IN TOUGH economic times – such as the United States is currently experiencing with high gas and food prices, climbing unemployment rates, and a saturated housing market darkened by foreclosures – one might well ask, "Where does giving fit in?" Is there a place for personal philanthropy in an economy squeezed by shortfalls?
The average citizen may feel as though giving is the last item on the priority list. And yet, for many, giving to others is a demand difficult to overlook. Jesus counseled: "If you give to others, you will be given a full amount in return. It will be packed down, shaken together, and spilling over into your lap. The way you treat others is the way you will be treated" (Luke 6:38, Contemporary English Version). Everyone has opportunities to give. And regardless of one's financial situation, the simple act of helping another brings the kind of return that can't be quantified.
Perhaps that's why a recent news headline on CNN.com, featuring a family from Atlanta is so heartwarming: "Sale of 1 house will help 30 villages." When the 15-year-old daughter began to challenge her family to think about ways they could make a difference in the world, her mom came up with the idea of selling their dream home and donating half of the proceeds (some $800,000) to a chosen charity. While this was no easy decision, the entire family backed the idea and recently moved into a home half the size of their former one. The money from the sale is slated to go toward creating sustainable solutions for 30 villages in Africa.
Many people might say it's easy for the wealthy to give, but not at all practical for those who are just barely making it. And it might be equally easy to fall into the trap of envying those who seem to have more than enough to give. Again, Jesus' promise is reassuring: "If you give to others, you will be given a full amount in return" – spilling over, no less! His words explain the divine law that supports the spirit of true giving.
A wealthy tax collector, known for embezzling funds for his own gain, once came to Jesus, climbing a tree just to get a glimpse of the Master as he spoke to a large crowd. Soon, he found himself entertaining Jesus at his own home. The Bible says Zacchæus "received him joyfully" (see Luke, chap. 19). In fact, he was so changed by this encounter with Jesus that he announced he would give half of his property to the poor.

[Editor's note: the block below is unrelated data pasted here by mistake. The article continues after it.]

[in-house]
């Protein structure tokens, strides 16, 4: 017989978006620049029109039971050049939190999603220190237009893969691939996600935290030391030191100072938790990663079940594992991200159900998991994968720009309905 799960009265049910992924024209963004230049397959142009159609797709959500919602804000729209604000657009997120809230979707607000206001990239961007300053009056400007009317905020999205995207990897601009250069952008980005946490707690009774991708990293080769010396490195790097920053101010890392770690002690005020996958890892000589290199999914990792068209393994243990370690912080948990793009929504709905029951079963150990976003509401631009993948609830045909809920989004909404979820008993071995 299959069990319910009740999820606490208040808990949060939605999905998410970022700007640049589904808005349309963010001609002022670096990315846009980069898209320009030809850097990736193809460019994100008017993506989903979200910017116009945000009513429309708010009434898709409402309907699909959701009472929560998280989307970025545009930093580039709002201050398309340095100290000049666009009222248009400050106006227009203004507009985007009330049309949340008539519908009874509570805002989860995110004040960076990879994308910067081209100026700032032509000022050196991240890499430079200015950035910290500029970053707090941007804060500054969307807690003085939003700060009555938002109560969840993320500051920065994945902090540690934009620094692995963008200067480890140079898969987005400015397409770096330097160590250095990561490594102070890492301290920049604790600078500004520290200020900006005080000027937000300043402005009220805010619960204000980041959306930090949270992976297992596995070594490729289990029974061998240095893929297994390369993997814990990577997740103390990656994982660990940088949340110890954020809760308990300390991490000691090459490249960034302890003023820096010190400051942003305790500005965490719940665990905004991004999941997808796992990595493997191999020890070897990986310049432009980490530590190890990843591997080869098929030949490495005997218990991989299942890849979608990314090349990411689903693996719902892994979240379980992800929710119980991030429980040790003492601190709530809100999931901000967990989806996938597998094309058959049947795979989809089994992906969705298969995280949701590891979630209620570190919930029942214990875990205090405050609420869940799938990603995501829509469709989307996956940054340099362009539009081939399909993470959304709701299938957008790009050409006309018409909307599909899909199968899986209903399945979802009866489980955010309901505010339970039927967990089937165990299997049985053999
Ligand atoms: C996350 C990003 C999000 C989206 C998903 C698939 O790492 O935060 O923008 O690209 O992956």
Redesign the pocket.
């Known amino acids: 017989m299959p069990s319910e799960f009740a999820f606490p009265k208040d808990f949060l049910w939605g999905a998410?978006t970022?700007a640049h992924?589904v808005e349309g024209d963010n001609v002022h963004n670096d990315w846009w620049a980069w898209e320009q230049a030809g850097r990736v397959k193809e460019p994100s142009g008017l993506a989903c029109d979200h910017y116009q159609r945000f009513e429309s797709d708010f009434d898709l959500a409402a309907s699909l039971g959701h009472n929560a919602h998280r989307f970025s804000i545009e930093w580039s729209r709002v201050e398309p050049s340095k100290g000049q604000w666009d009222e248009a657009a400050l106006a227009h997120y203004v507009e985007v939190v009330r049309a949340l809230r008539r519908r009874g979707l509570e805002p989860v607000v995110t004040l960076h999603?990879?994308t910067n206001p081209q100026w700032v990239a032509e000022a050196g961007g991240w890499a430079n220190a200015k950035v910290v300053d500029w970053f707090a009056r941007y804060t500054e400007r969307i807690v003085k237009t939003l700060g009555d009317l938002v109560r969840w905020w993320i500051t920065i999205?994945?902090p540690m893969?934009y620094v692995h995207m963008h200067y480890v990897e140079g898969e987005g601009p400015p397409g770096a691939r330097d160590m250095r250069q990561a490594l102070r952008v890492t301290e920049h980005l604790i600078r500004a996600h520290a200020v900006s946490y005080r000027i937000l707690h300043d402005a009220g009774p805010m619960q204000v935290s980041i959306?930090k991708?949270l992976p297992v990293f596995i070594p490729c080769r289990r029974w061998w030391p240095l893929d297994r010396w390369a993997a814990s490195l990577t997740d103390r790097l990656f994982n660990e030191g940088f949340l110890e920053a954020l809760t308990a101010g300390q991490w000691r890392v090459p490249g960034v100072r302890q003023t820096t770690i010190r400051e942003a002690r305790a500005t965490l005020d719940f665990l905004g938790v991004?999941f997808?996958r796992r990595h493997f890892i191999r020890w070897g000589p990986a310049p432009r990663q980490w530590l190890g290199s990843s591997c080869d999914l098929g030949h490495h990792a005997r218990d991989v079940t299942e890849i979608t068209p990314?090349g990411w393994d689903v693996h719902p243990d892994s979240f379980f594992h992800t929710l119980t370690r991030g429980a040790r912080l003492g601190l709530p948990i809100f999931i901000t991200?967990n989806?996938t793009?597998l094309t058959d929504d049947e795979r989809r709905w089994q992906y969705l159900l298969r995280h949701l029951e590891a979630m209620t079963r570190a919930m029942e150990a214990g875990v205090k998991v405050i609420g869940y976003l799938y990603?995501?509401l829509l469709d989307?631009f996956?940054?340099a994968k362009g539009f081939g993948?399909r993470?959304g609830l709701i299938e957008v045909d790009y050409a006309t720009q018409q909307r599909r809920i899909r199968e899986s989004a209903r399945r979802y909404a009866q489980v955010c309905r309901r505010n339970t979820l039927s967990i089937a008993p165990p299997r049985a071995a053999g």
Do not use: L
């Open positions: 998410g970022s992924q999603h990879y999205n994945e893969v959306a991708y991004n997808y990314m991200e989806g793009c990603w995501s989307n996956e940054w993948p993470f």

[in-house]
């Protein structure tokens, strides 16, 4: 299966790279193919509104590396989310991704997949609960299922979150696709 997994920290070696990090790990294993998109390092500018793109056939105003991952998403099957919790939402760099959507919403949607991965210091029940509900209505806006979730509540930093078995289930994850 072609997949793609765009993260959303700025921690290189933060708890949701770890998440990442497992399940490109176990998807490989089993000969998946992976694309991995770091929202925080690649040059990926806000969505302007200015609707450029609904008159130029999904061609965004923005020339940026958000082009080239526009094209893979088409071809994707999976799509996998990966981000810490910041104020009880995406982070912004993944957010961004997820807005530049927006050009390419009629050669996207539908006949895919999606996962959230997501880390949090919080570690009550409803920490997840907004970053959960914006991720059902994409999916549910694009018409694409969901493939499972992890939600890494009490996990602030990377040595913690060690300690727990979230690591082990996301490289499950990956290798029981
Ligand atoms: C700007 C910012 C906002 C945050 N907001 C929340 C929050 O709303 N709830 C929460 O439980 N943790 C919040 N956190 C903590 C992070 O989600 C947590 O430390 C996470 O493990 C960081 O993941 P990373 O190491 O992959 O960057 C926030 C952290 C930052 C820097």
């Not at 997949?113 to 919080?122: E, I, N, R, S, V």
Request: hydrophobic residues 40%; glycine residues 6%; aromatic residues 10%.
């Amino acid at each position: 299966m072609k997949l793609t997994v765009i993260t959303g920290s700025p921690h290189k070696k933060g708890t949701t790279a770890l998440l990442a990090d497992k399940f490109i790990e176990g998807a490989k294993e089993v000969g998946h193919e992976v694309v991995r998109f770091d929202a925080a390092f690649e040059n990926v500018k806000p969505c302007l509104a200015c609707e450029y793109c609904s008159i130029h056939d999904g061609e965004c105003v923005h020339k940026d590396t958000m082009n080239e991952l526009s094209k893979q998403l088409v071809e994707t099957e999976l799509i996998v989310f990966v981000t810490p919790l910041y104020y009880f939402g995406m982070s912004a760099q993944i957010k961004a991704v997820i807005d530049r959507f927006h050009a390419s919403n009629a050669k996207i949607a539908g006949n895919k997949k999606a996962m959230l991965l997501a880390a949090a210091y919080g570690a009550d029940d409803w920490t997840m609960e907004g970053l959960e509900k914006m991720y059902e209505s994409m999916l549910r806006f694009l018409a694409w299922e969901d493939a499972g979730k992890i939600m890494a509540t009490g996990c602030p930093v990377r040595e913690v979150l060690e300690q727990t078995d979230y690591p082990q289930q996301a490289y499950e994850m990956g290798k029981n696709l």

Why did Zacchæus experience such a sea change of thought? His desire to give back wasn't simply philanthropic, but a clear reformation of character. He must have realized that doing right by his neighbor was built into the very fabric of his being; it was an unavoidable, joyous aspect of life that brings freedom and greater satisfaction than amassing material wealth ever could. Mary Baker Eddy echoed Jesus' teachings in this statement in "Science and Health with Key to the Scriptures": "Giving does not impoverish us in the service of our Maker, neither does withholding enrich us" (p. 79).
Jesus also encountered a poor widow who contributed her two mites to the public treasury (see Mark 12:41-44). He told his disciples that she had given the most. Her ability to give was independent of material wealth. Her actions showed a confidence in the divine law that supports and freely gives to all. What matters is not how much is in the bank account, but how we view our assets. The Christ-view never analyzes matter, never quantifies and then draws conclusions. It lifts us to the new Zacchæus-view – an elevated path of joy and freedom, rather than a path of fear and limitation.
With all the talk of plunging stock markets and how to shield assets, it's helpful to evaluate our unchanging assets, which are sheltered and protected by divine laws. The ability to give freely is one of those assets. And it can't be usurped by a strictly material view of wealth. As was the case with the Atlanta family, the higher impulse to give displaces the urge to hold on to and protect what we have. When a pure love impels thought and action, obeying Christ's bidding is the most natural thing in the world.
Adapted from the Christian Science Sentinel.